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Topkapı Palace

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Istanbul - Topkapi Palace

Shortly after the conquest of Constantinople, Sultan Mehmed II began the construction of a new palace on the hill where in antiquity the acropolis of Byzantium was located. For almost four centuries, until Sultan Abdülmecid I moved his residence in 1853 to Dolmabahçe Palace, the sultans lived in the Topkapi Palace (Topkapı Sarayı in Turkish) or Seraglio as it became known in the West. Unlike European palaces, Topkapı Sarayı, meaning Gate of the Cannon, is actually a large complex of pavilions and gardens built around 4 major courtyards. One of those pavilions was a shore palace that was known as the Topkapi shore palace, as it was situated near the cannon gate -Top Kapı- of the ancient walls of Istanbul. When this shore palace burned down in 1863, it lent its name to the great complex we now know as Topkapi Palace. In 1924 the palace was reopened as a museum by Mustafa Kemal Atatürk.

If you visit first Gülhane Park and the archeological museum complex, then you arrive immediately in the first court at the main entrance to the palace that is formed by the Bab-üs-Selam (Gate-of-Greeting), also known as Ortakapı (Middle Gate). The Bab-üs-Selam leads to the second courtyard, the Divan Meydanı. Here are the imperial kitchens, where part of the palace's collection Chinese celadon porcelain is exhibited. Opposite, at the west side is the Kubbealtı (meaning under the dome) or Divan Salonu where the Imperial Council or Divan used to meet. Next to it is also the entrance to the famous harem. The word harem in Arabic means forbidden and refers to the private section of a household where women live and work. The harem of Topkapi was like a labyrinth composed of 400 rooms, 10 bathrooms (hamam), fountains, corridors and secret passages.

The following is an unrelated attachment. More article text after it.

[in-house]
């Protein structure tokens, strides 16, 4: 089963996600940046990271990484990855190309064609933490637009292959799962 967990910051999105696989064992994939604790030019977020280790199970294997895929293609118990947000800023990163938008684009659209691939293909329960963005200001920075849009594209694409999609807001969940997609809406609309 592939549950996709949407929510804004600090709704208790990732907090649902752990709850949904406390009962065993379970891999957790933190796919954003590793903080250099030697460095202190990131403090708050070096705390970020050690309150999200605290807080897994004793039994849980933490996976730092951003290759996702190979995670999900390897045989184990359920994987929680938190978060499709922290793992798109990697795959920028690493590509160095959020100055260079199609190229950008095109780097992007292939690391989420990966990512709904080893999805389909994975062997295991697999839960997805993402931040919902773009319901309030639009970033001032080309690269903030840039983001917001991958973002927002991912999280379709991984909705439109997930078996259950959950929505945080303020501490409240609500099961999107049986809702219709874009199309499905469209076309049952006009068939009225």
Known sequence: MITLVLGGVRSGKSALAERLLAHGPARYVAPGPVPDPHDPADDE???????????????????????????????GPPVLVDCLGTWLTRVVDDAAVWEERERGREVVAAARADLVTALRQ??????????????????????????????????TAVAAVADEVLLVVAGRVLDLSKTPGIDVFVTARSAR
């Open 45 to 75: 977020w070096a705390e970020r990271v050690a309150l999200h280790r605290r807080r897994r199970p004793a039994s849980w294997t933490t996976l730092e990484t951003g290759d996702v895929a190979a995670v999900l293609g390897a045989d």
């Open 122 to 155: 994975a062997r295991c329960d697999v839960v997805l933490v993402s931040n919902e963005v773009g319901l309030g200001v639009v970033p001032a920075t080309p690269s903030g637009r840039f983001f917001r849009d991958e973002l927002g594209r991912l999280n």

The Bab-üs-Saadet or Gate-of-Felicity leads to the third court (Enderun) with its various pavilions. Here is also the Treasury Room located where the world-famous emerald sheathed Topkapi dagger and the 86 carat Kaşıkcı or Spoon Maker's diamond, surrounded by 49 brilliants, are on display (photography not allowed).

The Konyali restaurant and cafeteria is the place for a rest, some refreshments and a breath-taking view of the Bosphorus. A covered path leads from the Treasury Room to the fourth court with the Lale (Tulip) garden, the Baghdad Pavilion and the Iftariye Kiosk. The elegant Iftariye or Kameriye Kiosk bears the inscription 1640. This gilded porch was, during summer, the chosen site for the sultan during Ramazan - the month of fasting - towards sunset and the end of the daily fast. Next to it, the Baghdad Pavilion is octagonal in plan with two doors that open up to a single chamber. The pavilion dates from 1639 and owes its existence to the Baghdad Campaign of Sultan Murat IV during which it was built. It was used as a coffeehouse for the sultans.

We leave the palace though the Bab-i Hümayün or Imperial Gate, the first gate which is actually the main entrance to the museum for organized tours. Just outside Topkapi palace, there is the very elegant Sultan Ahmet Çeşmesi. This fountain was built on the command of Ahmet III in 1728 and is without doubt the most beautiful of its kind. Its projecting roof is topped with five small domes, and the monument is decorated with beautiful tiles and fine inscriptions.

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